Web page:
Surprise billing refers to situations where patients receive services from providers who they assumed were contracted yet were actually out-of-network. Thus, they are ‘surprised’ when they discover a bill for unpaid services and with it full, direct responsibility for payment. Surprise billing often arises when patients receive services from multiple providers in a single episode of care, assuming that all providers are contracted even though only the facility or primary surgeon was in-network. Although used interchangeably, balance billing and surprise billing represent distinct scenarios. Balance billing implies that a patient is billed directly by a provider for the difference between what the provider billed and what the insurer reimbursed. These circumstances often occur in emergencies and involve out-of-network providers because in-network providers are contractually prohibited from sending enrollees a balance bill.
According to a study done by the JAMA Network, 1 in 5 patients gets a surprise medical bill after surgery. For this study, data from almost 350,000 patients with a large commercial insurer was analyzed and it’s found out that more than 20 percent of patients were hit with out-of-network charges. The average bill was over $2,000 more than what insurance would typically pay. The rate of surprise billing varies from state to state and ranges from 3% in Nebraska to 46% in Alaska. As per another study from Health Affairs, twenty percent of inpatient admissions from the emergency department likely led to a surprise bill. This study also found that most of the surprise bills come from either anesthesiologists or surgical assistants, who are typically not chosen by patients.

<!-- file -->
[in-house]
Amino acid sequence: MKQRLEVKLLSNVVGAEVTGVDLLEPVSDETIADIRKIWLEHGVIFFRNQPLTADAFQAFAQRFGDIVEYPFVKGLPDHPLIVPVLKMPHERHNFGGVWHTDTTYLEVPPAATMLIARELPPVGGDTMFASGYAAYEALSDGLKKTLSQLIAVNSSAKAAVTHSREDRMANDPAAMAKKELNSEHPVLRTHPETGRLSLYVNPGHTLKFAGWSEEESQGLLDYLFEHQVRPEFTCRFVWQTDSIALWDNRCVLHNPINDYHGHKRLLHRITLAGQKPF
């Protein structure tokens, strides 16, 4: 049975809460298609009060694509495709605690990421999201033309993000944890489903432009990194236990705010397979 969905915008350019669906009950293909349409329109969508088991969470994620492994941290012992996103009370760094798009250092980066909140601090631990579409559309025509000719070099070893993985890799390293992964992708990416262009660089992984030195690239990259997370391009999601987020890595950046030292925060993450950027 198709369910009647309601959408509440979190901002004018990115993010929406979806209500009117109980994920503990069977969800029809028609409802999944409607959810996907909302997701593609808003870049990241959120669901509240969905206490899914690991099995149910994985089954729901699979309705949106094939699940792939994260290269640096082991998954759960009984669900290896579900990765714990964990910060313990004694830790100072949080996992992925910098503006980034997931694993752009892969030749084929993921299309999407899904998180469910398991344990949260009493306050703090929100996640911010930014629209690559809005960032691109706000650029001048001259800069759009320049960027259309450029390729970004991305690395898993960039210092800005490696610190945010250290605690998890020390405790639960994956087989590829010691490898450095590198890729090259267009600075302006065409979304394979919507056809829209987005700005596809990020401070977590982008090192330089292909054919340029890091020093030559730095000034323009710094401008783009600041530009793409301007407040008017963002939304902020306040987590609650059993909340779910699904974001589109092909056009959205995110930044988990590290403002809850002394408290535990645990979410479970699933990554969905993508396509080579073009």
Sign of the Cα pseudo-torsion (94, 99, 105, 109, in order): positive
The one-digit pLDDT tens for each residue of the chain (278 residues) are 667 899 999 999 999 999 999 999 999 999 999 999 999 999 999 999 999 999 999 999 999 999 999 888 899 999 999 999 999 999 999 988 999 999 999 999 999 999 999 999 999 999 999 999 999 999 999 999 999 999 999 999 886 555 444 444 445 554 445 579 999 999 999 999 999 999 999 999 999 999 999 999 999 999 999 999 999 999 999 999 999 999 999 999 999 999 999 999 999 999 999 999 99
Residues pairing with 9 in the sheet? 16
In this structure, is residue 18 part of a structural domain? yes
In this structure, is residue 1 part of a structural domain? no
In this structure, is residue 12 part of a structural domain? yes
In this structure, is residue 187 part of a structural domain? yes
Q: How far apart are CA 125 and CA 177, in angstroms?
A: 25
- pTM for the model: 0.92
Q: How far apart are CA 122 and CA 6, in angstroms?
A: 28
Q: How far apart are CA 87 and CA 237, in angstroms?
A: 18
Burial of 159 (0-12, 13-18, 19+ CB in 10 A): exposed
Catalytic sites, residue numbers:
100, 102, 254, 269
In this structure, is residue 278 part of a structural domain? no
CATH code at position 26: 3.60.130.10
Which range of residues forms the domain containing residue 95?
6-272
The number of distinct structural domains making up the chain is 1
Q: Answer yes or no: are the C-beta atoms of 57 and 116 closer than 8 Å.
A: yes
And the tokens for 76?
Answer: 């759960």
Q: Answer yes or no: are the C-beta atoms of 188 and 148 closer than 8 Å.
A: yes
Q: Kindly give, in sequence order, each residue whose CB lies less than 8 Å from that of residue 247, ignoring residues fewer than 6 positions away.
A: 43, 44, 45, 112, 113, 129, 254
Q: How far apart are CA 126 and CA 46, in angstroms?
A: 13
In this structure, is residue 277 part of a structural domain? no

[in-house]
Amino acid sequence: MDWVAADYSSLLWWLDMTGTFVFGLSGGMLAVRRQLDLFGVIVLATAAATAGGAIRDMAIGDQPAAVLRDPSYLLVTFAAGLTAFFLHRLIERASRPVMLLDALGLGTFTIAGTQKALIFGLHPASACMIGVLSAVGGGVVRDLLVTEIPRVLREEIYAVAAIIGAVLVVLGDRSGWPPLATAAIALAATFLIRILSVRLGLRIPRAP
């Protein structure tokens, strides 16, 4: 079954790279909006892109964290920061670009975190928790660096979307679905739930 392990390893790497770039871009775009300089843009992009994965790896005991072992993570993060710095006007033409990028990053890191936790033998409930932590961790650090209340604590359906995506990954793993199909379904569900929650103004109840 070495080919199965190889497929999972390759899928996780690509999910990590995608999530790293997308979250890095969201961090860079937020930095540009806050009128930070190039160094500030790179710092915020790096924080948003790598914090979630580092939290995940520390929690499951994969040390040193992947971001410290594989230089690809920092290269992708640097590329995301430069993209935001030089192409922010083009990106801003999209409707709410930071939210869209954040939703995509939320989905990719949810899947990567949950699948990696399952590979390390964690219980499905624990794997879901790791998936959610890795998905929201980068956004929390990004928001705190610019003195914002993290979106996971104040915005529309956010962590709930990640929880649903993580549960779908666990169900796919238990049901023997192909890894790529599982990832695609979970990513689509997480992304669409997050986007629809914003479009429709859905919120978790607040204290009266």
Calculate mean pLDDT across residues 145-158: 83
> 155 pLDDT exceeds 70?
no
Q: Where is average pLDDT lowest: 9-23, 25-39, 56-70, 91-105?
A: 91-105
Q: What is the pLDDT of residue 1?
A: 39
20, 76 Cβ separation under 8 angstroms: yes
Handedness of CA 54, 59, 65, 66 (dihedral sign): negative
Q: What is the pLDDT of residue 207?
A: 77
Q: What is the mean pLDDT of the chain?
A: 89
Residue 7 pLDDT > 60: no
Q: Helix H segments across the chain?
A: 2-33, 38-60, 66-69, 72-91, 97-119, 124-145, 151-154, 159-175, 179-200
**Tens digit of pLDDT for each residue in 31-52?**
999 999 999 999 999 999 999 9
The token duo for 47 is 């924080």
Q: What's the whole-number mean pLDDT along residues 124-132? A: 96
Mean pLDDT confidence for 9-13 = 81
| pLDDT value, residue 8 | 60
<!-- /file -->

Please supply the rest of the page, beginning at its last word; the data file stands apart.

The ongoing COVID-19 pandemic has intensified public concern about surprise billing due to hospital triage protocols and staffing shortages that increase exposure to out-of-network facilities and providers. According to a Kaiser poll, up to two-thirds of Americans express concern about an inability to afford unexpected medical expenses, and 78 percent support the enactment of federal legislation protecting against surprise medical bills. At present, Congress is debating how to address this problem. As a result of this debate, the two bills under discussion take differing approaches to resolving these outstanding payments when they're no longer placed on the shoulders of patients. Surgeons have been increasingly implicated in encounters with surprise and balance billing. Approximately 20.5% of in-network acute surgical care episodes also contain an out-of-network component with a mean balance bill of $2011. There are several scenarios (elective and emergency) that generate a surprise bill wherein an informed choice by a surgical patient was not the case.
Although there is no reason to believe that surgeons purposefully aim to financially harm patients, we must also acknowledge and ethical tension borne from the differing expectations with respect to healthcare financing. The 4-box model, developed by Jonsen et al, is a useful framework for analyzing clinical ethical dilemmas; and entails the following dimensions: medical indications, patient preferences, quality of life, and contextual features. They are based on the 4 core bioethics principles: beneficence, nonmaleficence, respect for autonomy, and justice. Using this model, the medical indications for treating acute appendicitis center on the surgeon acting under the ethical principles of beneficence and nonmaleficence.